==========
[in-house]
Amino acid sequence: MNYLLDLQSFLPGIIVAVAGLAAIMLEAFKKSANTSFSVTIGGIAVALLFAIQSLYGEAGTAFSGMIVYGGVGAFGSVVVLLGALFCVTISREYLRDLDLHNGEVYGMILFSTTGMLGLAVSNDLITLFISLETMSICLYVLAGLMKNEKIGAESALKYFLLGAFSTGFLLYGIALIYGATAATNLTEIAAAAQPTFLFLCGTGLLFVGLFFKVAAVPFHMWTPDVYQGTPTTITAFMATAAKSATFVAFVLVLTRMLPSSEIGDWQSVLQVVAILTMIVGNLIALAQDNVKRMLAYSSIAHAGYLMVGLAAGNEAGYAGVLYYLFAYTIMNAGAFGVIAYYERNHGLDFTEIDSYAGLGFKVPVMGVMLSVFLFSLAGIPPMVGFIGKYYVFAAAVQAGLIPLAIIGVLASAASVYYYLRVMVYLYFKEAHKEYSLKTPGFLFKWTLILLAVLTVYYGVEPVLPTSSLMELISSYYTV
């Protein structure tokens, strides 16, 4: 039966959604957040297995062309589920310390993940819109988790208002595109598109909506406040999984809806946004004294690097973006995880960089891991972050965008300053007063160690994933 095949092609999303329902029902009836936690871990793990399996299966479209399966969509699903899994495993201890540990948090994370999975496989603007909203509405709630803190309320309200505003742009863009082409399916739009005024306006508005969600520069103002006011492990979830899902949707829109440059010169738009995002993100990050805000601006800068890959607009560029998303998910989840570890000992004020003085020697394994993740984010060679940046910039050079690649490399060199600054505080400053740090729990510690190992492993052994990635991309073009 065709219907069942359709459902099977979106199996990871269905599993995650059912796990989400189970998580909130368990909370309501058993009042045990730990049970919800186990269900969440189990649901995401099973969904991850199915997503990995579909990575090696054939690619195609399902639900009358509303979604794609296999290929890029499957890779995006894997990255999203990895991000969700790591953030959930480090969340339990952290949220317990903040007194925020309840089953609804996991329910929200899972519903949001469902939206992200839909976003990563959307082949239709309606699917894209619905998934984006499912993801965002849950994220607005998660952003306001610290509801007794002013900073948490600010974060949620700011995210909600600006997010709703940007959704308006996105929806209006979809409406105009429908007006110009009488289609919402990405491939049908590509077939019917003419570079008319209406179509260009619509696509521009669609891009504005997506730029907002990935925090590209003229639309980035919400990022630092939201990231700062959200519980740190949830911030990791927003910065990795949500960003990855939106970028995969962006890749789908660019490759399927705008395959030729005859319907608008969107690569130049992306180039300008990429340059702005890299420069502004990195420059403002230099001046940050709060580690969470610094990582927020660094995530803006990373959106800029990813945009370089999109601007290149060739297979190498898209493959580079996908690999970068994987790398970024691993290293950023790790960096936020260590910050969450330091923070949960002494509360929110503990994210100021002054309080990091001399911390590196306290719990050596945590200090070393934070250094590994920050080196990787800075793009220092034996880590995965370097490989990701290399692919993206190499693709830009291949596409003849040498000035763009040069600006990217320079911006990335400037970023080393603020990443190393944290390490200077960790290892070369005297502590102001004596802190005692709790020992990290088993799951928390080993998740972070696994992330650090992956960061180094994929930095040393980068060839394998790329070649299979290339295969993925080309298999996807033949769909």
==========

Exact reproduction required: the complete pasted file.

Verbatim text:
[in-house]
Amino acid sequence: MNYLLDLQSFLPGIIVAVAGLAAIMLEAFKKSANTSFSVTIGGIAVALLFAIQSLYGEAGTAFSGMIVYGGVGAFGSVVVLLGALFCVTISREYLRDLDLHNGEVYGMILFSTTGMLGLAVSNDLITLFISLETMSICLYVLAGLMKNEKIGAESALKYFLLGAFSTGFLLYGIALIYGATAATNLTEIAAAAQPTFLFLCGTGLLFVGLFFKVAAVPFHMWTPDVYQGTPTTITAFMATAAKSATFVAFVLVLTRMLPSSEIGDWQSVLQVVAILTMIVGNLIALAQDNVKRMLAYSSIAHAGYLMVGLAAGNEAGYAGVLYYLFAYTIMNAGAFGVIAYYERNHGLDFTEIDSYAGLGFKVPVMGVMLSVFLFSLAGIPPMVGFIGKYYVFAAAVQAGLIPLAIIGVLASAASVYYYLRVMVYLYFKEAHKEYSLKTPGFLFKWTLILLAVLTVYYGVEPVLPTSSLMELISSYYTV
């Protein structure tokens, strides 16, 4: 039966959604957040297995062309589920310390993940819109988790208002595109598109909506406040999984809806946004004294690097973006995880960089891991972050965008300053007063160690994933 095949092609999303329902029902009836936690871990793990399996299966479209399966969509699903899994495993201890540990948090994370999975496989603007909203509405709630803190309320309200505003742009863009082409399916739009005024306006508005969600520069103002006011492990979830899902949707829109440059010169738009995002993100990050805000601006800068890959607009560029998303998910989840570890000992004020003085020697394994993740984010060679940046910039050079690649490399060199600054505080400053740090729990510690190992492993052994990635991309073009 065709219907069942359709459902099977979106199996990871269905599993995650059912796990989400189970998580909130368990909370309501058993009042045990730990049970919800186990269900969440189990649901995401099973969904991850199915997503990995579909990575090696054939690619195609399902639900009358509303979604794609296999290929890029499957890779995006894997990255999203990895991000969700790591953030959930480090969340339990952290949220317990903040007194925020309840089953609804996991329910929200899972519903949001469902939206992200839909976003990563959307082949239709309606699917894209619905998934984006499912993801965002849950994220607005998660952003306001610290509801007794002013900073948490600010974060949620700011995210909600600006997010709703940007959704308006996105929806209006979809409406105009429908007006110009009488289609919402990405491939049908590509077939019917003419570079008319209406179509260009619509696509521009669609891009504005997506730029907002990935925090590209003229639309980035919400990022630092939201990231700062959200519980740190949830911030990791927003910065990795949500960003990855939106970028995969962006890749789908660019490759399927705008395959030729005859319907608008969107690569130049992306180039300008990429340059702005890299420069502004990195420059403002230099001046940050709060580690969470610094990582927020660094995530803006990373959106800029990813945009370089999109601007290149060739297979190498898209493959580079996908690999970068994987790398970024691993290293950023790790960096936020260590910050969450330091923070949960002494509360929110503990994210100021002054309080990091001399911390590196306290719990050596945590200090070393934070250094590994920050080196990787800075793009220092034996880590995965370097490989990701290399692919993206190499693709830009291949596409003849040498000035763009040069600006990217320079911006990335400037970023080393603020990443190393944290390490200077960790290892070369005297502590102001004596802190005692709790020992990290088993799951928390080993998740972070696994992330650090992956960061180094994929930095040393980068060839394998790329070649299979290339295969993925080309298999996807033949769909």